During the past twenty five years, increasing attention has been given the field of organizational consulting to the processes of reflective inquiry—initially championed by Donald Schön, his colleagues, Chris Argyris and Peter Senge. While reflective inquiry is often an unpredictable process—similar to improvisational jazz and theater in many respects—there are, still, a few reflective moves that have been found to be particularly effective when engaged in a coaching process. Specially, I propose that an effective reflective process often involves moving back and forth through seven specific levels of analysis.
Each level offers a different perspective and a different reflective lens.
1. The reflective process often begins at Level One with the client reporting on their Observation of a specific event. The reflective coach will begin with a request: “Tell me what happened.” or “Tell me what you are seeing in this email.”
2. Given this initial observation (and the narrative or brief story accompanying
this observation), a coach and client can begin moving toward Level Two: an examination of the Data that has been obtained. The coach asks: “What did you see that is relevant to your immediate concerns and interests?”
3. From here a coach and client can move to a Third Level, which is concerned with the Meanings that a client assigns to the Data that has been gathered. A relevant question is: “What does this mean for you?” or “How does this data relate to an important issue in your (work) life?”
4. Level Four involves the identification of and analysis of Assumptions that underlie the Meaning the person has assigned to the Data. The coach asks: “How do you know that your observation is accurate?”“How do you know that the meaning you assigned to this data is appropriate?” This will either help validate the assumptions the client made, or clarify any misperceptions he had formed or even lead to a total shift in perspective, if needed.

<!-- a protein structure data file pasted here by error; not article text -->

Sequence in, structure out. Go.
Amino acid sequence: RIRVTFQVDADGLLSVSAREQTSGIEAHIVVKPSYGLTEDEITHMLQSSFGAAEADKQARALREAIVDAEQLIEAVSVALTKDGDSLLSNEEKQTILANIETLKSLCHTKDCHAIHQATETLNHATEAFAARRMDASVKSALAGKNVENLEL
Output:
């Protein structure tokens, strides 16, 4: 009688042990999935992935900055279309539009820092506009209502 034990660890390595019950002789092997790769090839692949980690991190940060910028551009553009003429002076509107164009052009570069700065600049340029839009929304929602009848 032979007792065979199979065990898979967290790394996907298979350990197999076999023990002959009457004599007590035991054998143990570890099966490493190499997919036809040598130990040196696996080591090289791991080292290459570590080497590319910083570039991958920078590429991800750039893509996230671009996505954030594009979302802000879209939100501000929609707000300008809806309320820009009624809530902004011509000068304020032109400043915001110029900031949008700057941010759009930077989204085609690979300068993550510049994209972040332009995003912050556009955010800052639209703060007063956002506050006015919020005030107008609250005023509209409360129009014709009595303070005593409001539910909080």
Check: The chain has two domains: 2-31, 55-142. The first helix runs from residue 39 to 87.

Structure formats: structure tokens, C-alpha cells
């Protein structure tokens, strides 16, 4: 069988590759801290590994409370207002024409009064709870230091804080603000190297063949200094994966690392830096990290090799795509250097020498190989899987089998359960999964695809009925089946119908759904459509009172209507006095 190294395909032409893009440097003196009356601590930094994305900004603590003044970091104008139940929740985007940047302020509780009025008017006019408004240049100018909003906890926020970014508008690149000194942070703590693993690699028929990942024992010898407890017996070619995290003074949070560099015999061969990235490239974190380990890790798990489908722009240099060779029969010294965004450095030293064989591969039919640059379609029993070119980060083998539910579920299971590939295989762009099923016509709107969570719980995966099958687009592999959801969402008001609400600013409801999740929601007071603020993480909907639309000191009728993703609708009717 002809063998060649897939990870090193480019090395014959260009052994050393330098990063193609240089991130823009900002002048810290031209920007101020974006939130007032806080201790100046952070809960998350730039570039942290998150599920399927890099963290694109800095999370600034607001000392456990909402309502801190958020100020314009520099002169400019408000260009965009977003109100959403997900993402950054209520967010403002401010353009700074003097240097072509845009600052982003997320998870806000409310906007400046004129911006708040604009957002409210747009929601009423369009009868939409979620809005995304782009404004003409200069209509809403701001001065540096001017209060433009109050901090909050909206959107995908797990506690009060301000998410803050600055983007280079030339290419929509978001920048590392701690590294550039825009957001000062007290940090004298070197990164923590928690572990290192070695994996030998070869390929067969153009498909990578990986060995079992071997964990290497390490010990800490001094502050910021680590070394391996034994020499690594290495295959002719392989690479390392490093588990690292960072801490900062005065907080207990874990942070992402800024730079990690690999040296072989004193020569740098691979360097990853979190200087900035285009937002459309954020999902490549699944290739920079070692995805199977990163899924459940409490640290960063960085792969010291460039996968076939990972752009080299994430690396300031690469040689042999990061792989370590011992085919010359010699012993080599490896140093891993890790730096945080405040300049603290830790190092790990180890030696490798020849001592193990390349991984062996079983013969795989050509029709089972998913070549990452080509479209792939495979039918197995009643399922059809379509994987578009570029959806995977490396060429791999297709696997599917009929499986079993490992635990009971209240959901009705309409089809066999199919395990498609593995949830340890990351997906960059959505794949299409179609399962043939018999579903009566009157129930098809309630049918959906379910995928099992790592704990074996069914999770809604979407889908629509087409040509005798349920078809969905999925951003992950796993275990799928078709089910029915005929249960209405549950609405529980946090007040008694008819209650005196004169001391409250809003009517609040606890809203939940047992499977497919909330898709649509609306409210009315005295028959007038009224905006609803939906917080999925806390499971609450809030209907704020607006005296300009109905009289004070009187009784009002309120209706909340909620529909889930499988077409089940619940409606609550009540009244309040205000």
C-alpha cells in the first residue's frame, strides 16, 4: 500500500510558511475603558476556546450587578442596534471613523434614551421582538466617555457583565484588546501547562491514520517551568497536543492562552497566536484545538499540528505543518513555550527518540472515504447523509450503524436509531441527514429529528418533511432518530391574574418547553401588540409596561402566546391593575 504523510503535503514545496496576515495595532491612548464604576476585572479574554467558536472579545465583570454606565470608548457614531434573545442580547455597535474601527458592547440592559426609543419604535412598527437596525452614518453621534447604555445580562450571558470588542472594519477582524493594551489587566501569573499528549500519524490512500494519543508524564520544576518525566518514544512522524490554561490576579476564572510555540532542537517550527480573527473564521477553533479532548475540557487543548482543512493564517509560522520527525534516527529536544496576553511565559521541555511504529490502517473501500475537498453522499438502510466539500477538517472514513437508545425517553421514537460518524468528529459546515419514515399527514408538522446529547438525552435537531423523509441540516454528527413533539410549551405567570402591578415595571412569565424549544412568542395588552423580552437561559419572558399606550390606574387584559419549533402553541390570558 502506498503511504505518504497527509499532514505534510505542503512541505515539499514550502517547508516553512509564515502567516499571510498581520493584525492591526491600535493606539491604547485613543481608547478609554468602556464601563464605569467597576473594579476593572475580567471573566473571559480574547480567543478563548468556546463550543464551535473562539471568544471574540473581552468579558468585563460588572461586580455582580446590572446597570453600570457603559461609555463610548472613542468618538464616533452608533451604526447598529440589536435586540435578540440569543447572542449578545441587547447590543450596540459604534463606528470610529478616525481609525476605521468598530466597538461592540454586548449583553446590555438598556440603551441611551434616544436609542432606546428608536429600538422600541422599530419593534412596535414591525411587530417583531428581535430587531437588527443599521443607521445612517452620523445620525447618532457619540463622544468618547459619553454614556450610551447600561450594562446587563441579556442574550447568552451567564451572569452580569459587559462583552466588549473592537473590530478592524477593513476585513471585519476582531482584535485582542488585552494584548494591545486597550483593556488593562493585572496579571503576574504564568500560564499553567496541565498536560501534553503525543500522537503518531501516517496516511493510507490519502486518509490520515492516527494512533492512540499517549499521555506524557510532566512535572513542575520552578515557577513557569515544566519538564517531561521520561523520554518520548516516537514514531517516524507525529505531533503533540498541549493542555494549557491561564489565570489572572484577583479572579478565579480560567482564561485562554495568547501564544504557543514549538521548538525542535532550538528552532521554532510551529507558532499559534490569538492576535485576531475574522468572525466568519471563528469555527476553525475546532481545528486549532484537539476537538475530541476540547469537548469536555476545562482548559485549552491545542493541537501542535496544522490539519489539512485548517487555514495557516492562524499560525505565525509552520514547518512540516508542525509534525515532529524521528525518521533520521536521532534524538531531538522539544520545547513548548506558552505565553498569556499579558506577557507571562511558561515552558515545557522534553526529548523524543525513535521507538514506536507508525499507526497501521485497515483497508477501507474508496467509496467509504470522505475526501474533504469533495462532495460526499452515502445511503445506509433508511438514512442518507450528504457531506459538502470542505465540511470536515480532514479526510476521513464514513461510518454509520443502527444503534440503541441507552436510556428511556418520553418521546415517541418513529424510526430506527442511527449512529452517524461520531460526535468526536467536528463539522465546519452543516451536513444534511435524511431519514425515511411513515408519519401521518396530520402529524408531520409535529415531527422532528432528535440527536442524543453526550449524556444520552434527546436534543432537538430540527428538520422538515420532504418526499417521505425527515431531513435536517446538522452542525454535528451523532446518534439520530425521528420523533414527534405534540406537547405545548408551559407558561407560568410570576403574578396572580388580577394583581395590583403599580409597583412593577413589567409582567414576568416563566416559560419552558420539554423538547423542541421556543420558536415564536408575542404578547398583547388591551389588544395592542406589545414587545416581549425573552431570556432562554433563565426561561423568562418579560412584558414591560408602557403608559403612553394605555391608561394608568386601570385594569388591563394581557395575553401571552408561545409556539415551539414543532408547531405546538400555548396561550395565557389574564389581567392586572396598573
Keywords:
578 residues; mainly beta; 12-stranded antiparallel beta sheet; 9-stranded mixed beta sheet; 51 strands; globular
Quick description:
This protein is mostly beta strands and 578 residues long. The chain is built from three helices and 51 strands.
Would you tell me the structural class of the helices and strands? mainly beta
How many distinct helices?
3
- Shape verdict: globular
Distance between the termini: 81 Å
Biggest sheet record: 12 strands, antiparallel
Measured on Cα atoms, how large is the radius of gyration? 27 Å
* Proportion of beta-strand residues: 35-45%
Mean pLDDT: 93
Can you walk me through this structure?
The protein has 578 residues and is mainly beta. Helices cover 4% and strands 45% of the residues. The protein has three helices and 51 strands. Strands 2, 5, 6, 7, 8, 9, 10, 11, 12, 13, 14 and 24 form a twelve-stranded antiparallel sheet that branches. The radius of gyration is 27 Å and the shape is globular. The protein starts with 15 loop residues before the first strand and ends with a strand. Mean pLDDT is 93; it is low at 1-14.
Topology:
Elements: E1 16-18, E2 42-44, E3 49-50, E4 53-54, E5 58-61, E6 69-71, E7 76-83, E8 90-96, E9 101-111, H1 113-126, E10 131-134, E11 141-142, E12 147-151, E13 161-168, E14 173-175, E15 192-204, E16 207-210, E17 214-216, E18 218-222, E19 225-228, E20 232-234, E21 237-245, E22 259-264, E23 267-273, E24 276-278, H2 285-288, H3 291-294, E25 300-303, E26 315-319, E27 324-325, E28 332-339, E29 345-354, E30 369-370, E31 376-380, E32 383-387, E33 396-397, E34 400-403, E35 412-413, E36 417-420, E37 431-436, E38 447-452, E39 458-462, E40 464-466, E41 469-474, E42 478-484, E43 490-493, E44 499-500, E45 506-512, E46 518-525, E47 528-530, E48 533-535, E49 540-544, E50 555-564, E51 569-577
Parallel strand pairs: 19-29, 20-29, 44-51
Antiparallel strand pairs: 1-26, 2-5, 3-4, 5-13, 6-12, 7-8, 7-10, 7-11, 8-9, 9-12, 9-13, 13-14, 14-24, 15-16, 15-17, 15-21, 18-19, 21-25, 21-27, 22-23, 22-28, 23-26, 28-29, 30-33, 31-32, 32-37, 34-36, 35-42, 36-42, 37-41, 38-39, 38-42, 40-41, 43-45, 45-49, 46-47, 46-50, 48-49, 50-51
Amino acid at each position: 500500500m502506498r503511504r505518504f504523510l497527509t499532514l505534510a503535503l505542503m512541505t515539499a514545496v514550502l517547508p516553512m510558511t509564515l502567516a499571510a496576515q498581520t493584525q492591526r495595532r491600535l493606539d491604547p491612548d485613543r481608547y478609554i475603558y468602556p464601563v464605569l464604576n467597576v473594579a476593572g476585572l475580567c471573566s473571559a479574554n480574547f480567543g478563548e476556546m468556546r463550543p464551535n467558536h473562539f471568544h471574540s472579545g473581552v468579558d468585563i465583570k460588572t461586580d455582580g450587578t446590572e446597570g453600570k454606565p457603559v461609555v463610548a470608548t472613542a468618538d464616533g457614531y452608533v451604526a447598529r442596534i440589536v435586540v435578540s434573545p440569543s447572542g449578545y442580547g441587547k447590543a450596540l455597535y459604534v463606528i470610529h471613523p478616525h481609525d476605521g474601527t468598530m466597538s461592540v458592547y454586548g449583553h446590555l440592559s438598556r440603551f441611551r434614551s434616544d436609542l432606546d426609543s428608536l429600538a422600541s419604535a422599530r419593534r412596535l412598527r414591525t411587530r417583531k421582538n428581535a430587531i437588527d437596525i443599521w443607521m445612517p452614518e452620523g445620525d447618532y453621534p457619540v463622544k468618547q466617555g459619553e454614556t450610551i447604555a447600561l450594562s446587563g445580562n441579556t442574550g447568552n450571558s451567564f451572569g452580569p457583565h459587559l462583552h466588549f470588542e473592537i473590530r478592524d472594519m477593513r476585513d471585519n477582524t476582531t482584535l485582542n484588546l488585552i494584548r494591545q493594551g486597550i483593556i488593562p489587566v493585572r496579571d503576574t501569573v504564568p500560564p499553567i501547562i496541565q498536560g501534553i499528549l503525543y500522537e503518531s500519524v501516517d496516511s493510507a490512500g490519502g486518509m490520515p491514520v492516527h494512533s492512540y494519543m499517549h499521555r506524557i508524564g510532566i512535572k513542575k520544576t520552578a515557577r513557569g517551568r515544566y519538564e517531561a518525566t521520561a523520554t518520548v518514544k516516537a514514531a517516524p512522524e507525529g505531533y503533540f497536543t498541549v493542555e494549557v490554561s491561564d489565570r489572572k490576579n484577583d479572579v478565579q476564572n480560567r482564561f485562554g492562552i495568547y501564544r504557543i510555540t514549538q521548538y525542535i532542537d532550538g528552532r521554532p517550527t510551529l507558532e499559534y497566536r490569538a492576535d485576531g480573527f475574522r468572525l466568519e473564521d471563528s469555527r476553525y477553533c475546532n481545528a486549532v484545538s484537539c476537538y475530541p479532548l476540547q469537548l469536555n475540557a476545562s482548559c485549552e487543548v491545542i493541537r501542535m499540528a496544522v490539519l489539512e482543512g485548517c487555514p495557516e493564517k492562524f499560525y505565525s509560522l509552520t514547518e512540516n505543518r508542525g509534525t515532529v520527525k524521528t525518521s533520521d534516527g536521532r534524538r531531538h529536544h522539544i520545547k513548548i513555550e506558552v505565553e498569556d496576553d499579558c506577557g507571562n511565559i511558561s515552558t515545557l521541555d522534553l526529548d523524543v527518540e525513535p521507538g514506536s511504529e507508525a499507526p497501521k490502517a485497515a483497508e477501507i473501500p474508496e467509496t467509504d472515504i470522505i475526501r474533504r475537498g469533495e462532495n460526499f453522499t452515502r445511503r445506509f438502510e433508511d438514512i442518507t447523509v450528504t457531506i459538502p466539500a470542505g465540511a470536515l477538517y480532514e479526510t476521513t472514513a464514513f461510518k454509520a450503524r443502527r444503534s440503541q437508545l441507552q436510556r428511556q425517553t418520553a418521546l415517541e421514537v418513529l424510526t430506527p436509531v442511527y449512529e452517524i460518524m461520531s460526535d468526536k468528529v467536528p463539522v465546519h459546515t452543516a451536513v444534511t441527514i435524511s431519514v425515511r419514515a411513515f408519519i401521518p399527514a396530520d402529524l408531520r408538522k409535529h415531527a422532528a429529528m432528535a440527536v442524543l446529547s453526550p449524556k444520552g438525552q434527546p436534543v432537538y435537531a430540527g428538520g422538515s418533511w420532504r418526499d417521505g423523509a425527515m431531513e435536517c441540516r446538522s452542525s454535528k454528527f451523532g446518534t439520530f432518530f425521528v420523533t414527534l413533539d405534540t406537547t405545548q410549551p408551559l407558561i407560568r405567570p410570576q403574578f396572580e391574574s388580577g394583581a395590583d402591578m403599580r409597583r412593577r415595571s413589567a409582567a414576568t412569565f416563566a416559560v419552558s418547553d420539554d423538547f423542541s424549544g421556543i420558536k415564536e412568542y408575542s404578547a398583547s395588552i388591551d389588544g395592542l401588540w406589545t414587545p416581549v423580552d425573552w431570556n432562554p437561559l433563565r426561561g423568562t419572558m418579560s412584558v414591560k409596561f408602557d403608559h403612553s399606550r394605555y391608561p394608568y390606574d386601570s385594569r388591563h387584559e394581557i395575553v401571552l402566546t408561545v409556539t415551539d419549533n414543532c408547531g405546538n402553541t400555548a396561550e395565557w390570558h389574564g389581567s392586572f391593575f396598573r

5. At Level Five, the coach is helping her client access some Conclusions. Several questions are often asked at this level: “What do you want to do about this situation?” “What can be done to address your concerns about what you have observed?”
6. These questions inevitably move the client and coach to Level Six, which is concerned with Beliefs. The coach asks: “Why do you think this decision is appropriate?” “What makes you think that taking this action in this situation will lead to success?” “How confident are you that this will be effective?”
7. Finally, at Level Seven, Action takes place, based on the Conclusions reached and the Beliefs that support these conclusions. In post-Actions reviews, the coach will be encouraging her client to reflect on the actions taken by asking: “What did you actually do?” “What occurred when you took this action?”